Today, I finally got my first decent sized batch of works out from the kiln! ^^ It always starts out incredibly hopeful… but after seeing some of the results, I realised there were tons of little mistakes I’d made with the underglazes. Mainly with them having been painted on way too thickly. A lot of the Cobalt and Iron oxide underglazes I’d painted on had dribbled due to the runny Ofuke glaze and gotten stuck to the kiln shelves. I felt so bad! Since I’d painted them a little too thickly, the underglaze colours themselves ran quite a bit and looked a lot harsher than expected. But for sure, it was a fantastic learning experience. Not just about the glazing mistakes I’d made but it was also the opportunity to have a look at every else’s works to gain ideas for subsequent glazing attempts. Funnily enough, some of my own works which I’d thought had flopped and were not particularly keen on, M and V really liked, and vice versa. Some items of theirs which they didn’t think had worked well, I ended up really liking and wanting to try for the next round. It’s a good reminder of the subjectivity of art. In the end though, it’s more important that it’s well made. That doesn’t change even if the decoration does.
Love looking at all the fresh of the kiln works~! =) And hearing the gentle chorus of tinkling from them as they cool down to room temperature.
Apart from that, it was also the start of the Kama Meguri 窯巡りor Neighbourhood Pottery Studio Walkabout. It’s an annual weekend event for the area of Akazu that Sensei’s part of the organising committee for and people from all over Japan come to Seto’s Akazu to check out the pottery studios, many of which have been passed down multiple generations. (Sensei is the 12th Generation Potter for his family’s studio and there are many others with just as long an incredible history!) In the morning, V, M and I were busy working in the studio. Once you start it gets hard to leave especially since you’ve already gotten your hands dirty. ^^ The making process just gets so addictive.
We met some friends of Sensei’s who came by to visit and chatted with us, always looking rather surprised that we were staying for so long. Some elderly Japanese men had particularly good English when they spoke to us. One man was from Brazil, lived in Nagoya as he worked for Toyota, and requested to take a photo of M, who was throwing something on the wheel. He was a hobby photographer who usually went around different parts of Japan taking photos of nature but he really wanted to take a shot of a potter in action. So he was extremely gleeful when he managed to finally get the shot he’d been waiting for.
Sensei’s mum and his part time staff busy at the till that day!
(With the pink carnations we’d gotten for Sensei’s mother for Mother’s Day~ )
Eventually around lunch time Sensei recommended we haul our asses out of the studio to explore the 60 plus pottery families’ studios in the area because ‘tomorrow it will rain so today is best time to walk around’. (Indeed, it DID rain the next day and we had to take our hats off to Sensei’s impeccable ability to plan the best schedule daily based on the weather.) By the time we managed to clean up and were ready to get out of the studio it was around 2pm. I remember because I was starrrrving. Thought there would be some pop up cafe stalls around the neighborhood due to the walkabout but unfortunately, nothing except light bites like cookies, coffee/tea, and incredibly…Tripe pasta. 😉 I was thinking I’d get the Tripe pasta if I didn’t see anything else appetising by the time I got back after the walkabout.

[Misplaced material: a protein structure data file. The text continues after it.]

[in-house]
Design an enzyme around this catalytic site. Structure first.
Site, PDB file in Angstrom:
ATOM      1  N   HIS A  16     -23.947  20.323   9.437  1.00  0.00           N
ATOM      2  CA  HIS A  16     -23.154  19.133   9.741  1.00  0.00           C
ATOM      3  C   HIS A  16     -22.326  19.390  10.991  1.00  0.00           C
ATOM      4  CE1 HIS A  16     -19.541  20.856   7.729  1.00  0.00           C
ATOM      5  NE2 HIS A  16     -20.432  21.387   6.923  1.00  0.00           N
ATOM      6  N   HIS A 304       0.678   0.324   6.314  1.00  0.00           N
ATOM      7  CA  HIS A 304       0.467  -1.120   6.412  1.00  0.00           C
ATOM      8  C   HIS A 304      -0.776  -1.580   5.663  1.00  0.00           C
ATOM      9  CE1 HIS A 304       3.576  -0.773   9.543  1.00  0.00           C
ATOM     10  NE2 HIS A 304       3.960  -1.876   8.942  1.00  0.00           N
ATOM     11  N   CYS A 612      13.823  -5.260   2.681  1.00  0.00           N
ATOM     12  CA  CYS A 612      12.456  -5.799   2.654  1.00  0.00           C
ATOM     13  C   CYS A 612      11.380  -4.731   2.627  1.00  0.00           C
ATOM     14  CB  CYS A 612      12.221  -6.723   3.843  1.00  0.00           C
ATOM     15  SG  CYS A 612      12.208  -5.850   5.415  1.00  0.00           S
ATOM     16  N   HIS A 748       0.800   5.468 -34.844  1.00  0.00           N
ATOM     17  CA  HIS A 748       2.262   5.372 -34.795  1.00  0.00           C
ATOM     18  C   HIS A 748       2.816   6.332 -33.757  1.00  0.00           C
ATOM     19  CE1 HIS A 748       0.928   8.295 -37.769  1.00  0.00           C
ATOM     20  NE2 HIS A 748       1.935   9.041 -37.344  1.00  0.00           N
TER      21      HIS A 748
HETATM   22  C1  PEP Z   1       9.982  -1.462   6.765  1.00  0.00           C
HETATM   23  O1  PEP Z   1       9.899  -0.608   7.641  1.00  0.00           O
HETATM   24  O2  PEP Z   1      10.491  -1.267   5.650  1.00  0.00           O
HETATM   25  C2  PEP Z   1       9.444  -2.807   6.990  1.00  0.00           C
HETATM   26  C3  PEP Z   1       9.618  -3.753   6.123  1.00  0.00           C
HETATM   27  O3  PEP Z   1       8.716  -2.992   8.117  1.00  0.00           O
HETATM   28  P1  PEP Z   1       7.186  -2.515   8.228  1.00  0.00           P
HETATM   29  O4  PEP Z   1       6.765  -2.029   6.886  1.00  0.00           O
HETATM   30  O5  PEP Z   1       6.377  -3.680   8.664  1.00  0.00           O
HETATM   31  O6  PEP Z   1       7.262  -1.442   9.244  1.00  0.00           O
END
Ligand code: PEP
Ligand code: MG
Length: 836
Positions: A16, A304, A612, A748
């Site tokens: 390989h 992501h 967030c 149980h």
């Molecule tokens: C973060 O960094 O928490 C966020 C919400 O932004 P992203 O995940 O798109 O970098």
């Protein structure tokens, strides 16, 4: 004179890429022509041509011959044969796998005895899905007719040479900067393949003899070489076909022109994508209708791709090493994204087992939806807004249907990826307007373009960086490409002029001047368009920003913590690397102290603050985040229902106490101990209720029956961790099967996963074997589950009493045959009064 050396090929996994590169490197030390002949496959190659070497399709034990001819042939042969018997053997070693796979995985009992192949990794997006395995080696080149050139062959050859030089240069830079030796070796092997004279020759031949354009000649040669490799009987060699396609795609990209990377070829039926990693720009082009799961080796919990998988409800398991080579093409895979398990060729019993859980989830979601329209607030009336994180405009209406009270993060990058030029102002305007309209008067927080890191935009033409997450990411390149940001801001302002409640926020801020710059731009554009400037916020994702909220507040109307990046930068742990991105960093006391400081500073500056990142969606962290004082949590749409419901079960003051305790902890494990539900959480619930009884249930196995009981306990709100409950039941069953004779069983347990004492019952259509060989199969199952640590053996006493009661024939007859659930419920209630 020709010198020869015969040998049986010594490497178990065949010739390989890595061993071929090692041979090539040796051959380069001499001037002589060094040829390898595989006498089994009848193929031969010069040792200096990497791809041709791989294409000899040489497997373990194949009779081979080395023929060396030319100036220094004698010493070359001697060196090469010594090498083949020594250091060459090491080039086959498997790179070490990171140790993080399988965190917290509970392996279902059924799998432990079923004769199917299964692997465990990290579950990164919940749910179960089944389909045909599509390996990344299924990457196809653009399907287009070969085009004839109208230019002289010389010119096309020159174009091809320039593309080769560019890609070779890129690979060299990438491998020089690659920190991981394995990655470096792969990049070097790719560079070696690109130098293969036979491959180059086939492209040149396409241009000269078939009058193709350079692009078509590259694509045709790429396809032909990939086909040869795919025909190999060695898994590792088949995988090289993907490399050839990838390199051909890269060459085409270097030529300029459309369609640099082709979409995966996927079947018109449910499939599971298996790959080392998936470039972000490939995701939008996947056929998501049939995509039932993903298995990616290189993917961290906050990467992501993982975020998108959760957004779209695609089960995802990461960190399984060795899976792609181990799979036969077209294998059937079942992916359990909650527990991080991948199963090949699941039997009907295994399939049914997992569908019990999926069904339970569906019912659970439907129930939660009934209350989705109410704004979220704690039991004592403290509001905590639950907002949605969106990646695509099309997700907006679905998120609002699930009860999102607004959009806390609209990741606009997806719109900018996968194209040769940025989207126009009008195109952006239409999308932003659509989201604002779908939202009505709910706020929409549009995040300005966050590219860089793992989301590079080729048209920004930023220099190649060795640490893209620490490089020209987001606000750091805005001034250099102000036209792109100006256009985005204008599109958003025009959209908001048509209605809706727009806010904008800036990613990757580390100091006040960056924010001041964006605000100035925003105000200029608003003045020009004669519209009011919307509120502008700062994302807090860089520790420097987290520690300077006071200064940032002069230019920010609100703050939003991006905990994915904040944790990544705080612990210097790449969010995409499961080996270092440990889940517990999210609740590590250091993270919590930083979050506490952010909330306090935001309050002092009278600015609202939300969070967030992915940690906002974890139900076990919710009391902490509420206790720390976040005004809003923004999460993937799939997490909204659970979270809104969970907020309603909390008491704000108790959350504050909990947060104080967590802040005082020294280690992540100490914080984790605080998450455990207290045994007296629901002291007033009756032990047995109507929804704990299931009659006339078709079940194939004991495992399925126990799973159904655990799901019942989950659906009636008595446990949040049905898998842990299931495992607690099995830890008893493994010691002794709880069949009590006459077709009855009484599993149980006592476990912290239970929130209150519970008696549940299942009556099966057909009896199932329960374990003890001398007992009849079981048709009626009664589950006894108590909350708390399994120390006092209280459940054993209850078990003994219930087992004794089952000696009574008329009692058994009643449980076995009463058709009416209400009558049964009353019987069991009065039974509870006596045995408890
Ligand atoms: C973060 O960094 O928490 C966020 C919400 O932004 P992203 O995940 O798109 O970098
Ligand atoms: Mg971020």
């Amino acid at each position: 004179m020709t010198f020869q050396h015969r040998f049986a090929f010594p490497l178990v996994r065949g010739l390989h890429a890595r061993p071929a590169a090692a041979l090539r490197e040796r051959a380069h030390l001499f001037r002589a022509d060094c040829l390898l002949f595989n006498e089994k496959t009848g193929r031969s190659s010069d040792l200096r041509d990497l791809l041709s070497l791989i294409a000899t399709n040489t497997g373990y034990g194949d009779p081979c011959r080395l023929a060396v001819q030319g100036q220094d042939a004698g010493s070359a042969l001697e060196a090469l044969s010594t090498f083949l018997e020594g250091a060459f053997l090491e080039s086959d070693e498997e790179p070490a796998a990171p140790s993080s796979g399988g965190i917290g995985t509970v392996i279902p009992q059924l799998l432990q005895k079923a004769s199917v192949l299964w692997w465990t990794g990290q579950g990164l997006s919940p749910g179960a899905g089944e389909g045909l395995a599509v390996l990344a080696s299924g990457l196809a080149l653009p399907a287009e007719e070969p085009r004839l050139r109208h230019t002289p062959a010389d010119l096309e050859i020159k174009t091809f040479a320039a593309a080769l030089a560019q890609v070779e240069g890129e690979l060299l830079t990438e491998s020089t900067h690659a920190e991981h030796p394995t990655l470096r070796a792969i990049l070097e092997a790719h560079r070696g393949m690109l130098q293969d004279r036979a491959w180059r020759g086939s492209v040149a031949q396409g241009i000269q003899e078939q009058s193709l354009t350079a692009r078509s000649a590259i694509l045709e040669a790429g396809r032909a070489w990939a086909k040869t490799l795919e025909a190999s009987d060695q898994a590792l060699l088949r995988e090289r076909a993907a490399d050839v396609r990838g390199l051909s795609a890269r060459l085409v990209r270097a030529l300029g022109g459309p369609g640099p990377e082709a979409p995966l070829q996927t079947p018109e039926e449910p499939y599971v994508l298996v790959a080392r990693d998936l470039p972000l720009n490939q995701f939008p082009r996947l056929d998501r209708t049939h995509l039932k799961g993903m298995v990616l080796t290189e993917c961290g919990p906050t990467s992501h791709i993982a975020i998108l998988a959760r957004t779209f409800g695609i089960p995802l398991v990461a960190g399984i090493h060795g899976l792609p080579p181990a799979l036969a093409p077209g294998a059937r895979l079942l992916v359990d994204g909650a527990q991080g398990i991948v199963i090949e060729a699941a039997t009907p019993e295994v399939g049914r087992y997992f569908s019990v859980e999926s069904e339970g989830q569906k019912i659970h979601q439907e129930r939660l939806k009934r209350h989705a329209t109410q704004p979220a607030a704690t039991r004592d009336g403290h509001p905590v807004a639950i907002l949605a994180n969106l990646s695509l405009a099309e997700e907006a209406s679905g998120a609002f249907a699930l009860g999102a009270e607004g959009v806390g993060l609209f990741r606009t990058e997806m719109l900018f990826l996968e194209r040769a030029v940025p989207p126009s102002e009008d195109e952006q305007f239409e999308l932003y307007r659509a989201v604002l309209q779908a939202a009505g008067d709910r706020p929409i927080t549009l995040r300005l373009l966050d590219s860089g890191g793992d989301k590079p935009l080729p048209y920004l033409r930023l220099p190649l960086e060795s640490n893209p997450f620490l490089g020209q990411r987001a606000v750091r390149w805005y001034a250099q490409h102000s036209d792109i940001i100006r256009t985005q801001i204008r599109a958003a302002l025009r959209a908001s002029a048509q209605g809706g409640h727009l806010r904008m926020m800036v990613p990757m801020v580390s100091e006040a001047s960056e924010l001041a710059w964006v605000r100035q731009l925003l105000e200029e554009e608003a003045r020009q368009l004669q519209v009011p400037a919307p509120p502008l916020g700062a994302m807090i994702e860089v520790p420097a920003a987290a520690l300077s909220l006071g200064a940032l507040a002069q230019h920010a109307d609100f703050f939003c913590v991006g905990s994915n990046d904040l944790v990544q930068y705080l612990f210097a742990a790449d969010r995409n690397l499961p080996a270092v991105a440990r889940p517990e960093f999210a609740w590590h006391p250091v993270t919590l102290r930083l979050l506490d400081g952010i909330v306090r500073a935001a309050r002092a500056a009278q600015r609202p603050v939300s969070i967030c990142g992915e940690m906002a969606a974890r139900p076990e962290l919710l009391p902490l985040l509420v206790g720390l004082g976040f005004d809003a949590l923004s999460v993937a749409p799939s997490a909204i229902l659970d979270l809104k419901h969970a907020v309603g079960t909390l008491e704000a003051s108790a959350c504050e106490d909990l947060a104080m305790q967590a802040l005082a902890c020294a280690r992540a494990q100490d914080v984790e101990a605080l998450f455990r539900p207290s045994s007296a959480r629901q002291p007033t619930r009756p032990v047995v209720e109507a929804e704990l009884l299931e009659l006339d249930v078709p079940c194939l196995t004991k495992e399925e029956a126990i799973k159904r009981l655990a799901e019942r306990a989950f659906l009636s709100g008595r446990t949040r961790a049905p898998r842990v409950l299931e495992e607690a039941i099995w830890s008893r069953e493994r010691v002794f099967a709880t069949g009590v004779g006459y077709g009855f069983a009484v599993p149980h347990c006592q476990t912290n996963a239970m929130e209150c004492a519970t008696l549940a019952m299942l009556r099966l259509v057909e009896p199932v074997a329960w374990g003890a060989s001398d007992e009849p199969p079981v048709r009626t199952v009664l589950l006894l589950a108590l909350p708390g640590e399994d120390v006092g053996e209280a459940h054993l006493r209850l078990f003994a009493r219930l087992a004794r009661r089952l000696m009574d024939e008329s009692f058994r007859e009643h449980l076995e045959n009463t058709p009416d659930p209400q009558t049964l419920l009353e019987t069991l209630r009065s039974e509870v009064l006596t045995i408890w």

It was really interesting seeing the neighborhood come to life like never before. It’s usually so quiet with hardly any people walking about the streets but that day there were so many people from all around. We definitely stood out though, with V’s blonde hair and bits of stuck to our clothing. I really enjoyed finally being able to legitimately check out the neighborhood potters’ studios and to have a look at their items. It’s always so fun to see variations of the glazes that we’d be able to use at the studio. Guessing how these potters created a particular effect. Marvelling at the use of Cobalt underglaze in intricate designs.
In the end, my hunger got the better of me and I ended up retreating back to the studio in the hopes of some Tripe to fill my tummy. Unfortunately, the Tripe seller had sold out of all his speciality Tripe!! You snooze, you lose.
In the end, ended up cooking something like my usual pasta and while waiting for the water to boil in the pantry, I remember hearing the sounds of the singer/band performing in the garage space a few doors down. It felt great being able to listen to live music from the kitchen. Looking out from the window next to the sink, I could see the performances going on. And even the line-dancing that took place at the end…with Sensei getting in line to dance! Ever amazed at the sheer amount of energy he has.
Wrote in my diary that night:
“Trying out second tea pot.
Trying out flower vases – haven’t quite understood the bit about pulling up the neck of the vase.
Need to read up/ask M-san perhaps
Kinda like this period of figuring out the technique
Knowing that this is the stage when I’m learning the most
Lots of trial and error, feeling what’s right and what’s not
Of course happy if it doesn’t take too long but there is something..
about figuring out the technique finally that gives that sense of satisfaction.”